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Olympian John Carlos, who raised fist at ’68 Games, would ‘take a knee’

Nearly 50 years ago, it wasn’t a bent knee but a raised fist that shocked the nation.

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John Carlos, then a bronze medalist in the 200 meters during the 1968 Olympics in Mexico City, joined fellow American Olympian Tommie Smith in protesting the way blacks and others who were disenfranchised were treated in the United States.

They did so by raising their fists skyward in the Black Power salute.

It’s not unlike today’s controversy surrounding former San Francisco 49ers quarterback Colin Kaepernick and other professional athletes who have taken a knee during the national anthem. Kaepernick was protesting police killings of African-Americans.

President Donald Trump has blasted those National Football League players who take a knee. During a recent rally in Alabama for Republican U.S. Senate candidate Luther Strange, the president said NFL owners should respond by saying: “Get that son of a bitch off the field right now, he’s fired. He’s fired!”

Trump and others say the players are showing disrespect for the flag, the country and the military.

Carlos said the gesture was for all human rights.

“We were tired of being second-class citizens,” said Carlos, 72. “We were tired of the living conditions, tired of drugs running through the neighborhood — they weren’t going through Beverly Hills and Malibu. They were going through Harlem and the South Side of Chicago. We were tired of the housing situation in terms of blacks getting decent housing, and we were tired of the police harassing black people.”

Smith could not be reached for comment. Peter Norman, of Australia, who won the silver, wanted to show his solidarity. He wore an Olympic Project for Human Rights badge. Norman faced scorn when he returned to Australia, which was also dealing with criticism for its treatment of Aboriginals. He died in 2006.

It was a turbulent time in the United States. The Rev. Martin Luther King Jr. had been gunned down that April as he stood on the balcony of a Memphis hotel. His assassination was followed by riots and protests across the country. Opposition to the Vietnam War was growing.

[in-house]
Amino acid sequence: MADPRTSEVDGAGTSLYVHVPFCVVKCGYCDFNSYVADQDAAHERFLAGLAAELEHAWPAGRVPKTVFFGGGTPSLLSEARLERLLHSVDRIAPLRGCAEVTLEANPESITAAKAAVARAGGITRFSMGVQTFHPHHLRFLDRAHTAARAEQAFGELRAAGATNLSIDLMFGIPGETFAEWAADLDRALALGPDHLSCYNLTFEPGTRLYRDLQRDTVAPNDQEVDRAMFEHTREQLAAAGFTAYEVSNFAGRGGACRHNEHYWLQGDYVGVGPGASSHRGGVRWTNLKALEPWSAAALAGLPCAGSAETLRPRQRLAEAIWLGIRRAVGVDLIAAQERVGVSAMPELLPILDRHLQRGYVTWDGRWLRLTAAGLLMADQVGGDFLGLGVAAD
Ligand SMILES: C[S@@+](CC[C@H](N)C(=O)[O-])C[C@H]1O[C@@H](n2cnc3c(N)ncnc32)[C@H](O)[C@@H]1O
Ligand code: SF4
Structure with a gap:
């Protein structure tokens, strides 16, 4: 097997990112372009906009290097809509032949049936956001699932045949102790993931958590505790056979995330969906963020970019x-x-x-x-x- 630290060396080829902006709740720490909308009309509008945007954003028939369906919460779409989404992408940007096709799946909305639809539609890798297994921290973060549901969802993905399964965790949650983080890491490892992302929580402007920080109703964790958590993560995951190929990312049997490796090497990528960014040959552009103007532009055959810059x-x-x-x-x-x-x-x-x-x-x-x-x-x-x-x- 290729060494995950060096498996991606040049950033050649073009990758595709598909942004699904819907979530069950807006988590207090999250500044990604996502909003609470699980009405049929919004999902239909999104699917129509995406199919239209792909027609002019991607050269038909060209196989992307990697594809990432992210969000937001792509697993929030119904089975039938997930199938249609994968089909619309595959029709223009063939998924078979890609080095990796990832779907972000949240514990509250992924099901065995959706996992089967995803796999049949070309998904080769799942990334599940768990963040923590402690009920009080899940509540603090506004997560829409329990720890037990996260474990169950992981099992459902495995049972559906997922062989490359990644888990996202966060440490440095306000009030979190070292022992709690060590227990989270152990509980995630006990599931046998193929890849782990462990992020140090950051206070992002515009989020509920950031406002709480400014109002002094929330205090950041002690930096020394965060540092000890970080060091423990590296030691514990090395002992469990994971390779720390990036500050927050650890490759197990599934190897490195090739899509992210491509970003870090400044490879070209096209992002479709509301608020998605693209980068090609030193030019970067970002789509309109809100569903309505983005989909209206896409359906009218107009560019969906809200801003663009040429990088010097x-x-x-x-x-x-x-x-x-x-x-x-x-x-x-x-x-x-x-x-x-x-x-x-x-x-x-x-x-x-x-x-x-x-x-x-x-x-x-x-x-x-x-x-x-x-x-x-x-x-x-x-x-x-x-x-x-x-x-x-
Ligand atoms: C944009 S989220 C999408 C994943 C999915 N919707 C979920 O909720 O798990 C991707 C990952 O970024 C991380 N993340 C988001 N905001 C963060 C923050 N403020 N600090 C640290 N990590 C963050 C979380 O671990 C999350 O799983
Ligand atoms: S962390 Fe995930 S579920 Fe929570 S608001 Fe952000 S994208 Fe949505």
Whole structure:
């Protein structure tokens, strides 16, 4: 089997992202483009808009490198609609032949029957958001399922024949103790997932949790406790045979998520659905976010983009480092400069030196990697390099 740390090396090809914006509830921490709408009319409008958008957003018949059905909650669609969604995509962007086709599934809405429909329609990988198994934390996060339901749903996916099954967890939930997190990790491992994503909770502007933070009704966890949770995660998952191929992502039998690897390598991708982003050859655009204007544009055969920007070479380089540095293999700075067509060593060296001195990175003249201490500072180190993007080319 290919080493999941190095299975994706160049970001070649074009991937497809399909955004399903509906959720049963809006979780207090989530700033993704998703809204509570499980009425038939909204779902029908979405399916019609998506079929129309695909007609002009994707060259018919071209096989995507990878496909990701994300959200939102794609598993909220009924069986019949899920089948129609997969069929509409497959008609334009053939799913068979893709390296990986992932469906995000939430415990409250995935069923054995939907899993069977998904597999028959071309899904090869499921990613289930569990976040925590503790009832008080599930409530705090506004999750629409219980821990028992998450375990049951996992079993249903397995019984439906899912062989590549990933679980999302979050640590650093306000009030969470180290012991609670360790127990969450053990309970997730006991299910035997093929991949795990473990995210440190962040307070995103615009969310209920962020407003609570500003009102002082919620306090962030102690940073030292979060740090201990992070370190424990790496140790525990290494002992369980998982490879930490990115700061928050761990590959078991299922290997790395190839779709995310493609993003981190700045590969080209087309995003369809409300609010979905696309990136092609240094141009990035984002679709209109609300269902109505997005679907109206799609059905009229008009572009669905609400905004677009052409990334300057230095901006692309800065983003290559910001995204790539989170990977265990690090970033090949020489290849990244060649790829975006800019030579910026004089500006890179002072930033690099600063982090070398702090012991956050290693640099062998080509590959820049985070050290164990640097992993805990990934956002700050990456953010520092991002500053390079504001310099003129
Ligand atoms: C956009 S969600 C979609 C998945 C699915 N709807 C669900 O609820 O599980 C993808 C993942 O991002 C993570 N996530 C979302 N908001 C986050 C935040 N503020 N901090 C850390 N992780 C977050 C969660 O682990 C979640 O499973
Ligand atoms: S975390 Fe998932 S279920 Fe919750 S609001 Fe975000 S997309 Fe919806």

Carlos, who now lives in Clayton County, Georgia, remembers that moment vividly and the firestorm that followed.

He said he and Smith had talked about a way to protest what was happening at home. That moment came while on the podium.

Carlos said people in the stadium had started to applaud. That stopped when he and Smith bowed their heads and raised their fists.

“There was a deafening silence,” he said. “Everybody was stunned. Then they started screaming. They were going to shove it down our throats.”

International Olympic Committee President Avery Brundage criticized the athletes’ actions, which he called “outrageous.”

According to an article in The New York Times, the two athletes were told “that they must leave the Olympic Village. Their credentials were also taken away, which made it mandatory for them to leave Mexico within 48 hours.”

It wasn’t any better when Carlos returned to the states, where he said he and his family went through hell.

There were threats. He was investigated by authorities. His children were targeted by faculty members once it became known Carlos was their father.

“Let me tell you something, when you make a statement for humanity, you become this sacrificial lamb,” said Carlos, who later played professional football. “Your life is already secondary to the image you want to leave. They could take my life, but they could never erase that image. Once it’s done, it’s done and you’ve got to live with it.”

The Rev. Timothy McDonald III, the senior pastor of First Iconium Baptist Church in Atlanta, remembers that day well. He was a 14-year-old student and member of the Youth Black Panther Party in Brunswick, Georgia.

“It was the talk of the town,” McDonald said. “Did you see? Did you see? Yes, I saw.”

That moment “symbolized the kind of pride that was different than anything else,” he said. “The intersection of athletics and politics goes back a long way. That point in history sent a loud message to America — not just black America — but to all America that we’re here, we matter and we make a difference.”

Gold medalist Mel Pender Jr. was also on the U.S. team in 1968.

Pender, 79, who lives in Kennesaw, Georgia, roomed with Carlos.

He was in the military at the time, and while he didn’t participate in that protest, he understood the aim.

“Here we are representing our country, winning gold medals for America, and when we go home we don’t have the same privileges and opportunities as whites and it’s still that way,” he said. He considers the United States “one of the greatest countries in the world,” but he is bothered by the reaction to Kaepernick, who was trying to make a statement with a peaceful protest.